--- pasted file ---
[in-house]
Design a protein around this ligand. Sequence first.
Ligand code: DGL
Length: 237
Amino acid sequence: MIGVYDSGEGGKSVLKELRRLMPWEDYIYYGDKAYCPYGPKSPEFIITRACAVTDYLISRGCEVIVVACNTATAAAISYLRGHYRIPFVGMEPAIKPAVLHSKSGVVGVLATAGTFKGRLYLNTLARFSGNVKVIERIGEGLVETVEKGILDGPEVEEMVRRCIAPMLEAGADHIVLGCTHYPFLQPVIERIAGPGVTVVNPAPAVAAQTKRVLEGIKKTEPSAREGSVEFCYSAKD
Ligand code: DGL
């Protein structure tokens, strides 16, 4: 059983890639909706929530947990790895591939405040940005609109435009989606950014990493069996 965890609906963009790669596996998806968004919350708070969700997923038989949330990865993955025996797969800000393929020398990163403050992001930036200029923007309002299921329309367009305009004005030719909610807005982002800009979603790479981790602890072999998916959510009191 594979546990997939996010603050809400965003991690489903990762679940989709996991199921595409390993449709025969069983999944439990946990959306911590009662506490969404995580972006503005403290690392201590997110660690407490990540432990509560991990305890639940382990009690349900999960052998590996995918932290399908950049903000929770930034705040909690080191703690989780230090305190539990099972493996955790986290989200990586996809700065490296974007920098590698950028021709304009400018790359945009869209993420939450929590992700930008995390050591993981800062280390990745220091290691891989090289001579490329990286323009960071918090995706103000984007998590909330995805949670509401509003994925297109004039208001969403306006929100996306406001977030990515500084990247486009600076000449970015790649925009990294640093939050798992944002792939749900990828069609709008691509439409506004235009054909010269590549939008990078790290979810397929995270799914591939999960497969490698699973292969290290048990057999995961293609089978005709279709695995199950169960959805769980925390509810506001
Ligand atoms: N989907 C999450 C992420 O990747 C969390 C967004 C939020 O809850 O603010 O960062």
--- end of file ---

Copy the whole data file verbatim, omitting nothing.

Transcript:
[in-house]
Design a protein around this ligand. Sequence first.
Ligand code: DGL
Length: 237
Amino acid sequence: MIGVYDSGEGGKSVLKELRRLMPWEDYIYYGDKAYCPYGPKSPEFIITRACAVTDYLISRGCEVIVVACNTATAAAISYLRGHYRIPFVGMEPAIKPAVLHSKSGVVGVLATAGTFKGRLYLNTLARFSGNVKVIERIGEGLVETVEKGILDGPEVEEMVRRCIAPMLEAGADHIVLGCTHYPFLQPVIERIAGPGVTVVNPAPAVAAQTKRVLEGIKKTEPSAREGSVEFCYSAKD
Ligand code: DGL
């Protein structure tokens, strides 16, 4: 059983890639909706929530947990790895591939405040940005609109435009989606950014990493069996 965890609906963009790669596996998806968004919350708070969700997923038989949330990865993955025996797969800000393929020398990163403050992001930036200029923007309002299921329309367009305009004005030719909610807005982002800009979603790479981790602890072999998916959510009191 594979546990997939996010603050809400965003991690489903990762679940989709996991199921595409390993449709025969069983999944439990946990959306911590009662506490969404995580972006503005403290690392201590997110660690407490990540432990509560991990305890639940382990009690349900999960052998590996995918932290399908950049903000929770930034705040909690080191703690989780230090305190539990099972493996955790986290989200990586996809700065490296974007920098590698950028021709304009400018790359945009869209993420939450929590992700930008995390050591993981800062280390990745220091290691891989090289001579490329990286323009960071918090995706103000984007998590909330995805949670509401509003994925297109004039208001969403306006929100996306406001977030990515500084990247486009600076000449970015790649925009990294640093939050798992944002792939749900990828069609709008691509439409506004235009054909010269590549939008990078790290979810397929995270799914591939999960497969490698699973292969290290048990057999995961293609089978005709279709695995199950169960959805769980925390509810506001
Ligand atoms: N989907 C999450 C992420 O990747 C969390 C967004 C939020 O809850 O603010 O960062």